The Centraal train station is like the heart of Amsterdam, not just because of its name, but because it is a major public transport hub for the area. As many as 250,000 people pass through the station during a single day, including tourists and locals.
Bustling With Activity
The Amsterdam Centraal Station acts as the main transportation center in the city. In fact, many tram and bus lines end their runs here. City ferries from water-front stations drop vehicles off, as well. Tourist boat services also use the station for their docks. Hence, it is easy to understand how so many people can pass through this single station.
Access and Transportation
It is difficult to access the station by car because there is very little parking available. This is an extremely busy area, but it is possible to drop off or pick up passengers and luggage. Additionally, there is a good transportation system, with trams and buses bringing people to the station. Taxis are also an option for those who do not wish to use public transport.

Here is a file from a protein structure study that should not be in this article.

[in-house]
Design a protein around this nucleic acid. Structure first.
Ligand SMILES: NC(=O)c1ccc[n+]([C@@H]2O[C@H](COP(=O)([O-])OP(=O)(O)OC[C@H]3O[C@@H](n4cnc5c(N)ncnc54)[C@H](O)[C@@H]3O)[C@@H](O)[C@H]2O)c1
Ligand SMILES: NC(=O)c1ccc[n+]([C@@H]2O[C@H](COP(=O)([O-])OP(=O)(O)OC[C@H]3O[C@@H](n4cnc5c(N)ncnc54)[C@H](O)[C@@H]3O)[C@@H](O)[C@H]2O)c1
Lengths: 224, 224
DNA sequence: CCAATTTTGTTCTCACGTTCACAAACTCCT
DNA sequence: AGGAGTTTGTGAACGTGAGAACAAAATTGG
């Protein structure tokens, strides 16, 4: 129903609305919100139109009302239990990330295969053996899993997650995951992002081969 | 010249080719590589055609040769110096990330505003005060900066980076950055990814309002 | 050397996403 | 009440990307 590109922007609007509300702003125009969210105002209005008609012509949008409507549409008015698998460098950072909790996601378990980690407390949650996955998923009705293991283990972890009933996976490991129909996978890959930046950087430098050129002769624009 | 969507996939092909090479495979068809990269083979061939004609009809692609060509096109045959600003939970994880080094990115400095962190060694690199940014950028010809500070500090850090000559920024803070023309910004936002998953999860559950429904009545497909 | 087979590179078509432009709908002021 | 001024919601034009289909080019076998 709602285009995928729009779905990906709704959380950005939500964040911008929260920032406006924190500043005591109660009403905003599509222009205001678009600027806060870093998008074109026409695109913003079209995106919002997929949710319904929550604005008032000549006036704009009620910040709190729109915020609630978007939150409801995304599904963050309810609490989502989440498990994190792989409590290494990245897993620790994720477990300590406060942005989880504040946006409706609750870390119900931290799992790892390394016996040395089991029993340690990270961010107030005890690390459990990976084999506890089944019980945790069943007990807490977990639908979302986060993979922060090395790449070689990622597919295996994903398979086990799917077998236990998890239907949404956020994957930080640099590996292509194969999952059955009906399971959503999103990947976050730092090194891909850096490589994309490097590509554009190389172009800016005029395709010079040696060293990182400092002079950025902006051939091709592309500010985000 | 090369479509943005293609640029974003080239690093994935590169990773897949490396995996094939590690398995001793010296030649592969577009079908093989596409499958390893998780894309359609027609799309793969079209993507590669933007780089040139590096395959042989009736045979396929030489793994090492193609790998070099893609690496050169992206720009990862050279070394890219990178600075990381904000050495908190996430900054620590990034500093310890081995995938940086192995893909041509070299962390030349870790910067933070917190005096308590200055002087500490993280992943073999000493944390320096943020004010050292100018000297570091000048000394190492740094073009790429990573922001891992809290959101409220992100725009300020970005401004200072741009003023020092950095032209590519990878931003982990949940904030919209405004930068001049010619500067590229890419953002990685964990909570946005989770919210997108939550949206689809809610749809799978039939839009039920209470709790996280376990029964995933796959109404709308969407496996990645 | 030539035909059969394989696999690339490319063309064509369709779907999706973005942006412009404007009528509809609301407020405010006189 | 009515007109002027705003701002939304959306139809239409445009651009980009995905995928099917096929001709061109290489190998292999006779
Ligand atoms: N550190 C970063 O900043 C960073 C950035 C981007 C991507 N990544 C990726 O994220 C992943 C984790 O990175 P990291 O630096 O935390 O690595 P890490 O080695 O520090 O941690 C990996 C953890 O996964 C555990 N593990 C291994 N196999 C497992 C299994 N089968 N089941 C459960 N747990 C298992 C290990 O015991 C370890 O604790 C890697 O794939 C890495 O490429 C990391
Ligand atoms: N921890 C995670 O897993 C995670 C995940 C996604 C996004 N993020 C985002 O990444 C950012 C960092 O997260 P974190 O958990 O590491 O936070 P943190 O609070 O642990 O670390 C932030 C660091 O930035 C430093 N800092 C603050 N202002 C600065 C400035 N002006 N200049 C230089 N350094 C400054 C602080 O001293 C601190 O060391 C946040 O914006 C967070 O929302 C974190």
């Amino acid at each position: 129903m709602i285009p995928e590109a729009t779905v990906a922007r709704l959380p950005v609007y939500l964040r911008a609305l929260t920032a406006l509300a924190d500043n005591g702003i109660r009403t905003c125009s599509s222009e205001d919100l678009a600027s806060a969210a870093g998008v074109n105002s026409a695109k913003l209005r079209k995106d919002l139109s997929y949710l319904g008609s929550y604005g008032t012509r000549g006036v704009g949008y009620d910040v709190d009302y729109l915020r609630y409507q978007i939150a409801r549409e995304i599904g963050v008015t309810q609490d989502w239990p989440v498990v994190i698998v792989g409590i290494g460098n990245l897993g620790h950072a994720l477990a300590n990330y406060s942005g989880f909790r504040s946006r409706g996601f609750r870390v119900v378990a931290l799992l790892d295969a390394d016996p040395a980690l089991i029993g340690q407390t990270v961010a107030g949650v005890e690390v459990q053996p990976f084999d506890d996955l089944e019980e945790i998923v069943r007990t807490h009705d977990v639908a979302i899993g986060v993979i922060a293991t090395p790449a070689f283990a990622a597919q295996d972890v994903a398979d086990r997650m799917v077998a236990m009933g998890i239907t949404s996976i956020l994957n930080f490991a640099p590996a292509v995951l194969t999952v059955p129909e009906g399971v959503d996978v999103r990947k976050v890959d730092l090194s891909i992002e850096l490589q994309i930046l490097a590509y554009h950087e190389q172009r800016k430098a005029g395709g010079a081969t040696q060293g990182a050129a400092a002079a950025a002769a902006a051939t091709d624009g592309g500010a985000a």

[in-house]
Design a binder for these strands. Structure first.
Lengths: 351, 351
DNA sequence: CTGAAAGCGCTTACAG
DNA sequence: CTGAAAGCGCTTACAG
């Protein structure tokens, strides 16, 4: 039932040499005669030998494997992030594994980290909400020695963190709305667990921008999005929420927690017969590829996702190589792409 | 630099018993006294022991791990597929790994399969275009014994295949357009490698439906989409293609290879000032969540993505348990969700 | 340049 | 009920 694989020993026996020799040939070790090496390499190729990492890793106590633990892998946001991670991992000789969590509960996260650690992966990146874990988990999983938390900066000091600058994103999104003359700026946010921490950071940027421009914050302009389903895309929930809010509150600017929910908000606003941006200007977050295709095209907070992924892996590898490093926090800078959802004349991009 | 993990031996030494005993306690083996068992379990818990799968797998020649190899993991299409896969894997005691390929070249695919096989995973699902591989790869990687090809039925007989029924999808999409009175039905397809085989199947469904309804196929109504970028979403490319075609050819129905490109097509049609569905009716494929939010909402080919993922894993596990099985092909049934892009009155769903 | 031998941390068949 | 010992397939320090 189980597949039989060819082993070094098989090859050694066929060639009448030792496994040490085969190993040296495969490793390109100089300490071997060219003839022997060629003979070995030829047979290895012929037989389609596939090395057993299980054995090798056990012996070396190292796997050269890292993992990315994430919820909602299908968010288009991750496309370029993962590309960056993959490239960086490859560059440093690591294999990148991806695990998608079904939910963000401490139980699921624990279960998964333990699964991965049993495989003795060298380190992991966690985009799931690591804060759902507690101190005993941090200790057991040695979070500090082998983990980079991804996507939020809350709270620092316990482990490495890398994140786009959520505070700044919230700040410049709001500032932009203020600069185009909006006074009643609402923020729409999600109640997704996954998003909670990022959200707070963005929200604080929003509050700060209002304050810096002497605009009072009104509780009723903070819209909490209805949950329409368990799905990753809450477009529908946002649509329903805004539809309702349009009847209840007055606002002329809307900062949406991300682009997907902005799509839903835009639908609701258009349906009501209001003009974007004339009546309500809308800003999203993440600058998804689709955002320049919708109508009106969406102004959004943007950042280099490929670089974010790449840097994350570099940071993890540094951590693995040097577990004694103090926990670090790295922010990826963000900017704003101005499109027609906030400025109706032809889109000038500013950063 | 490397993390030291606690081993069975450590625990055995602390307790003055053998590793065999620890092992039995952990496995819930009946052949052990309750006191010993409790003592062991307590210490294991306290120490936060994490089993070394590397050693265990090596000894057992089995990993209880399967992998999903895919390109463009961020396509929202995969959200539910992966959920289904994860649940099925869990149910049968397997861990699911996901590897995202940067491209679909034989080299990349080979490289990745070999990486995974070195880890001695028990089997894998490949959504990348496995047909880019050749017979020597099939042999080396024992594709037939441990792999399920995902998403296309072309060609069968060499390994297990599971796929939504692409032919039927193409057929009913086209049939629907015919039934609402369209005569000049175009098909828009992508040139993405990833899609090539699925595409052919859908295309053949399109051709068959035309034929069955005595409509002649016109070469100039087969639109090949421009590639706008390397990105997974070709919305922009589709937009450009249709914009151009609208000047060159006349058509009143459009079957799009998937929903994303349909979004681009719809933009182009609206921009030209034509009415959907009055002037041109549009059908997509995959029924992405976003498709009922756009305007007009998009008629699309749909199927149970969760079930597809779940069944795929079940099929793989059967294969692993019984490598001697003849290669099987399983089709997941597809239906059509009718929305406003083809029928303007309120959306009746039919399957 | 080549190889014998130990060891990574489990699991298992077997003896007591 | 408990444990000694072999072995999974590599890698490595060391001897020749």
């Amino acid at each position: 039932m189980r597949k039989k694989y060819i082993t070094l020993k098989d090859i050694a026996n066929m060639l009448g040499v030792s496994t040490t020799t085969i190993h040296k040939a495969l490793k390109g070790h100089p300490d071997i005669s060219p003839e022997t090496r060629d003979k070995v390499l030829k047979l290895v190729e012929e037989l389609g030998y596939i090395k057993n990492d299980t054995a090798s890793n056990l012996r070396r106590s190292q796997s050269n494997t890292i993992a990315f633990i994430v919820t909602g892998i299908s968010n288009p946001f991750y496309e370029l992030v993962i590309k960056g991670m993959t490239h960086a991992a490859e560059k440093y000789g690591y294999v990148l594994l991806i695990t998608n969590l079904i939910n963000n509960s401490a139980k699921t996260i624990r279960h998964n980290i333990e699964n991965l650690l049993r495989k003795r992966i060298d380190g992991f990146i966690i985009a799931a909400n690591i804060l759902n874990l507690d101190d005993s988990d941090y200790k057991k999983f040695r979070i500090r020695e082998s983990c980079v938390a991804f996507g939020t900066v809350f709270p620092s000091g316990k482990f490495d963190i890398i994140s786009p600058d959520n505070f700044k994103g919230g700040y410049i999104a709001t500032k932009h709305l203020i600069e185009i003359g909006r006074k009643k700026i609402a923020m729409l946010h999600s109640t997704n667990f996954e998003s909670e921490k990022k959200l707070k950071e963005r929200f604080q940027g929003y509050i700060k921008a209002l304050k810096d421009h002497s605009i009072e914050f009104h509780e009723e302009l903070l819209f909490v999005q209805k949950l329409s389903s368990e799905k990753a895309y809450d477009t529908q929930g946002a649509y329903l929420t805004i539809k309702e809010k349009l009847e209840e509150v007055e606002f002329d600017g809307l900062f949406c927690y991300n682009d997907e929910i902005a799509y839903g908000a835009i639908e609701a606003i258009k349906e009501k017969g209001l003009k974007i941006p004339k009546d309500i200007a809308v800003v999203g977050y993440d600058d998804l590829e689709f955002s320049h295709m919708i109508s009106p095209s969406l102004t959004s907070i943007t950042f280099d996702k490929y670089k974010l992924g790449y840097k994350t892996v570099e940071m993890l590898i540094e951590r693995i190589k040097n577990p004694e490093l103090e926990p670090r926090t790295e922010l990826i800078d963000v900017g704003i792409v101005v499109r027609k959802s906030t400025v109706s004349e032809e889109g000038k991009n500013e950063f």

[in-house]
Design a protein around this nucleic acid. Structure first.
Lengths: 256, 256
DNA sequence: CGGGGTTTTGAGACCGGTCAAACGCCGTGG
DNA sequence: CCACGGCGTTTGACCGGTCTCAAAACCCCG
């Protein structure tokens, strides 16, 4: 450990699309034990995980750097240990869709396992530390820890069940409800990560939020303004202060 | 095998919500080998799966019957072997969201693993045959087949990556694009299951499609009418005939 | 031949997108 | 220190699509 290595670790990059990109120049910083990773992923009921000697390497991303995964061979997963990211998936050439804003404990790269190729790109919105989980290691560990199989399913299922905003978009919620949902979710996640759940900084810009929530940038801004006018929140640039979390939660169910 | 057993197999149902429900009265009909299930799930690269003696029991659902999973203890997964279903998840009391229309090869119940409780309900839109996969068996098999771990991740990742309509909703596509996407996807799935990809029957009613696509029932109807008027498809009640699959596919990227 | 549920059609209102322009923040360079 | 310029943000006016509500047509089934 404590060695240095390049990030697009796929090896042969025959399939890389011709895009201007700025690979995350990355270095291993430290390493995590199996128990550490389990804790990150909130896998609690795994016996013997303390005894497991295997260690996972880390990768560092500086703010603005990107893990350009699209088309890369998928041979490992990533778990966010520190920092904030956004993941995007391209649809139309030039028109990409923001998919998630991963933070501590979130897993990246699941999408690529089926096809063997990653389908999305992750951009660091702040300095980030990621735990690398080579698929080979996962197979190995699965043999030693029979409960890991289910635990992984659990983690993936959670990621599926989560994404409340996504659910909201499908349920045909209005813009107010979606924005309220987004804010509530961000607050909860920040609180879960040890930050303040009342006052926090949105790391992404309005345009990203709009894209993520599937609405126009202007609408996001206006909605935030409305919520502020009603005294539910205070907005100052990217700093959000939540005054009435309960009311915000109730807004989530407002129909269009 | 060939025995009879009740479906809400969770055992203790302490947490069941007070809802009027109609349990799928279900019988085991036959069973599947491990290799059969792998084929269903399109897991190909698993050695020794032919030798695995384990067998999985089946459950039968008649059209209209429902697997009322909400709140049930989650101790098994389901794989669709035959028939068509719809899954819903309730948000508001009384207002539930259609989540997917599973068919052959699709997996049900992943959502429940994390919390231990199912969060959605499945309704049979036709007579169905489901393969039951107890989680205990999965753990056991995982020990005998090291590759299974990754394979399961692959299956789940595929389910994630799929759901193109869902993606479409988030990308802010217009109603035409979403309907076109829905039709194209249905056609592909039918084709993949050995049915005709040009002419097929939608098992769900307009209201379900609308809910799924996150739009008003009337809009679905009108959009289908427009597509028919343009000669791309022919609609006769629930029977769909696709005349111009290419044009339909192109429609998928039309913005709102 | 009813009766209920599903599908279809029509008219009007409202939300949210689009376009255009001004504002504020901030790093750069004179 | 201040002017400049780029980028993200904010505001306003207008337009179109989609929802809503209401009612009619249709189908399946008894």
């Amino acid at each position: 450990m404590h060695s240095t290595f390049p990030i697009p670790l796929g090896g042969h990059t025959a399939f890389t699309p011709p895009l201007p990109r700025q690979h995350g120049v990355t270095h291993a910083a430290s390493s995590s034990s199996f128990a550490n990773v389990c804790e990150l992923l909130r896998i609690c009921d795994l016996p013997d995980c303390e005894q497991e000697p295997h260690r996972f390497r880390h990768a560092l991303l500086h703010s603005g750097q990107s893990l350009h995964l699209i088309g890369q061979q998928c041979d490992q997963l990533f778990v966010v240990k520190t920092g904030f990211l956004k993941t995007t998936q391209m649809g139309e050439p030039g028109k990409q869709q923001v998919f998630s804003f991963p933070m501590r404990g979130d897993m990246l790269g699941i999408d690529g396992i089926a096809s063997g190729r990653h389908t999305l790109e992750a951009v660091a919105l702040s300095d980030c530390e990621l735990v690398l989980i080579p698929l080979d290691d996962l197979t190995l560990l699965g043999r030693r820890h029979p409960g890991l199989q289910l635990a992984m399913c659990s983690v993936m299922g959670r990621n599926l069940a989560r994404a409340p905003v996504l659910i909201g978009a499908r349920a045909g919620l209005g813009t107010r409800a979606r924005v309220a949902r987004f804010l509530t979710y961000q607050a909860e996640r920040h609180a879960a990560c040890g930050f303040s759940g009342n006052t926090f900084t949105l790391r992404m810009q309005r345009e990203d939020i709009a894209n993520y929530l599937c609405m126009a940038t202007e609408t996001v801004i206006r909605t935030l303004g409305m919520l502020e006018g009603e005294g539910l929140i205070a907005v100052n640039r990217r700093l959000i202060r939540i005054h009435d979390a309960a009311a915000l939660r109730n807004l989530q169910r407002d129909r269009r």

Trains to Other Destinations
Fast trains connect travelers with other major cities in Europe, including Brussels, Cologne and Paris. This makes the area a great place to visit and then use as a launching-off point to another country.
History and Reconstruction
The facility was first opened to members of the public in 1889, after construction began in 1881. Much like several other distinctive buildings of the time, such as the Magna Plaza and the Amsterdam Philharmonics, this station was designed with a Neo-Gothic influence, which is also referred to as Neo-Renaissance. Petrus J. H. Cuypers was responsible for designing it, and he was considered one of the greatest architects at the time. In fact, the Queen was so impressed that she awarded Cuypers a Royal Golden Medal.
The Amsterdam Centraal Station is a historical tourist destination, but it is one with a functional purpose as well. Be sure to confirm travel plans in advance to avoid confusion, as this is a busy part of the city.